Twitter acquires group chat app Sphere to build on Communities offering

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The London-based start-up’s 20 staff will join Twitter to work on developing the social media platform’s communications features.

Twitter has acquired UK-based group chat app Sphere as it looks to diversify its communications offerings.

A Twitter spokesperson confirmed the deal to TechCrunch, but financial terms were not revealed.

The social media giant recently piloted Twitter Communities, a feature that allows users with similar interests to connect with each other. It is part of ongoing efforts to cultivate new spaces where users can interact.

Earlier this year, it rolled out audio feature Spaces, after reportedly attempting to acquire audio platform Clubhouse. It has also continued to experiment with new functions to curb online harassment and promote online safety.

The team at Sphere published a blog post detailing what users of both platforms can expect from the deal, which will see Sphere fully integrated with Twitter.

Sphere said it had been “watching and admiring Twitter’s growing investment in community-building with the release of Communities, Spaces and features that promote safety”.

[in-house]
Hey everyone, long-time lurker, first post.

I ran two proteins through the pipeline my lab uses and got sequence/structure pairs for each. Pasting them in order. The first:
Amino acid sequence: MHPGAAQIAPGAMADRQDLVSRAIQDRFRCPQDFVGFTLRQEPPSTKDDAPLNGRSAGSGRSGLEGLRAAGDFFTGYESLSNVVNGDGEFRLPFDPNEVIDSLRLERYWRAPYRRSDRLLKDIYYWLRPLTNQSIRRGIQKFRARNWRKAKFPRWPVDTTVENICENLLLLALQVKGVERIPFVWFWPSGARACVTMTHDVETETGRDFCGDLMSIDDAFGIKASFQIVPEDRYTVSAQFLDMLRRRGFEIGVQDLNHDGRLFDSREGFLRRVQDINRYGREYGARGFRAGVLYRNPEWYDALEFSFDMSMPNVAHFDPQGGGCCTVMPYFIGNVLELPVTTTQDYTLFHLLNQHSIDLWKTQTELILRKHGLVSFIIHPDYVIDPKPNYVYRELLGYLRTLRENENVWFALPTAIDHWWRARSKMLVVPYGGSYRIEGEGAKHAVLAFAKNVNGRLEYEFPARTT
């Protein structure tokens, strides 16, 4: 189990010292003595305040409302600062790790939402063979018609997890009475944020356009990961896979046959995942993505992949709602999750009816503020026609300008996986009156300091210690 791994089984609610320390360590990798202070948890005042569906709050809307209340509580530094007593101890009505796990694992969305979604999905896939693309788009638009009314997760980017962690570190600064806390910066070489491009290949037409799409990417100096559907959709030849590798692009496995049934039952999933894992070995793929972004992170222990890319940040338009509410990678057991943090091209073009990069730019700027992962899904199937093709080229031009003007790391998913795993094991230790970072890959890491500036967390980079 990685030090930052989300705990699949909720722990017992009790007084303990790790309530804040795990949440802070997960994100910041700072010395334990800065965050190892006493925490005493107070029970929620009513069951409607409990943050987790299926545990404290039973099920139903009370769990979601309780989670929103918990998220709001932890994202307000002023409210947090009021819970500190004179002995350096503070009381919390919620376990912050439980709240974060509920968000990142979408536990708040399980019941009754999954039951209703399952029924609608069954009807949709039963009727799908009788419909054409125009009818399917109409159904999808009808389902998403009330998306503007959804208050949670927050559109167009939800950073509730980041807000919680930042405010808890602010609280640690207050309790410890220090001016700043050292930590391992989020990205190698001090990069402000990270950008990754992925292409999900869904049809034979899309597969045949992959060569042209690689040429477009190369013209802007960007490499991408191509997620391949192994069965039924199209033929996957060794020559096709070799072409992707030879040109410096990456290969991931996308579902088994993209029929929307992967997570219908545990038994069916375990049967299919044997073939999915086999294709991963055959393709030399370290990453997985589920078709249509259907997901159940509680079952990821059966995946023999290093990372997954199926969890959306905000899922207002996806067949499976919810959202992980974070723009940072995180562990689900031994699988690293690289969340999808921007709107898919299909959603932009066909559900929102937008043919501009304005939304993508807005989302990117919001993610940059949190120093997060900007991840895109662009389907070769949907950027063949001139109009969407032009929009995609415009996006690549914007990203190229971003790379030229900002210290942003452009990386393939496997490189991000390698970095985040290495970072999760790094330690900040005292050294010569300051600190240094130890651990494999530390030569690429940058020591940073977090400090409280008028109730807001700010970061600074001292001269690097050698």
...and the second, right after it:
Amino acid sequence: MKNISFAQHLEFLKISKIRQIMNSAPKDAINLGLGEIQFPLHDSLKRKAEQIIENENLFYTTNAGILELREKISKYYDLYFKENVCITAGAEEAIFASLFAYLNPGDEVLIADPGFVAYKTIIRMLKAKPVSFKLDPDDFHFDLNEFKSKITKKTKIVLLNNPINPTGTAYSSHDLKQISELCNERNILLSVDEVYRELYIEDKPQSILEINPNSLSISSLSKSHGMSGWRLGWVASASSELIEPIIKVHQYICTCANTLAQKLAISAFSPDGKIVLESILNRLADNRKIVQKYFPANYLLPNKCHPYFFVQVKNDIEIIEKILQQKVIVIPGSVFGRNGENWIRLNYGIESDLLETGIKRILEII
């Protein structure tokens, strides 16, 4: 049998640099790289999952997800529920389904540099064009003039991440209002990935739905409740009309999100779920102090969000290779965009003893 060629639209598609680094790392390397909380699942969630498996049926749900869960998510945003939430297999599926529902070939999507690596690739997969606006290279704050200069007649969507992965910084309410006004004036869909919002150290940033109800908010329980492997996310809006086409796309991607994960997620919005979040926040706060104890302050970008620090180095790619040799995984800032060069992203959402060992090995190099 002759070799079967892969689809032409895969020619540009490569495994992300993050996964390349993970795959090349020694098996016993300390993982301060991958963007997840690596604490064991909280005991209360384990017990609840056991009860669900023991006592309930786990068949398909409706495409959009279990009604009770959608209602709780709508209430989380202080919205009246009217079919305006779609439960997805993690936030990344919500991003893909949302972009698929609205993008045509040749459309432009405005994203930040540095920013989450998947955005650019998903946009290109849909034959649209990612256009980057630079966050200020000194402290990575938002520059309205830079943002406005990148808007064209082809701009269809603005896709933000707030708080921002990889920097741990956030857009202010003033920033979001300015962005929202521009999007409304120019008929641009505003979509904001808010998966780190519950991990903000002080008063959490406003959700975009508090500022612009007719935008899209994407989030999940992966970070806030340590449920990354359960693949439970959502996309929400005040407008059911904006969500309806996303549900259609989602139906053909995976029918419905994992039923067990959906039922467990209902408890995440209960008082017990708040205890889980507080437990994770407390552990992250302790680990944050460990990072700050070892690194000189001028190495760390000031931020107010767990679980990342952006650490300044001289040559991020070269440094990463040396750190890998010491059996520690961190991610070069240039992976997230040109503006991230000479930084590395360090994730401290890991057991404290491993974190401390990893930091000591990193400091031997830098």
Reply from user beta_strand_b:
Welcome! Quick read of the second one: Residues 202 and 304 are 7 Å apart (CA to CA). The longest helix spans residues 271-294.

“When we met the team, we were even more impressed by how seriously they are pursuing interest-based community and how much they believe in its potential impact,” it added.

Sphere said it would be “winding down” its standalone product next month. Its 20 staff will join Twitter’s headcount to “continue onwards within the Communities, direct messages and creators initiatives at Twitter”.

The London-based start-up was founded by Nick D’Aloisio and Tomas Halgas. The former is a seasoned tech entrepreneur, having sold his news app Summly to Yahoo for $30m at the tender age of 17.

“Sphere started with a very different mission — to help anyone find and share knowledge instantly through the creation of a ‘global brain’. We originally built a marketplace of paid experts from all around the world, connecting them through group chat,” the blog post continued.

“What we realised is that some of the most helpful and knowledgeable conversations came from groups where members felt a strong sense of belonging to one another. In other words, at the heart of our challenge was helping every single person find their community. The opportunity is massive.”

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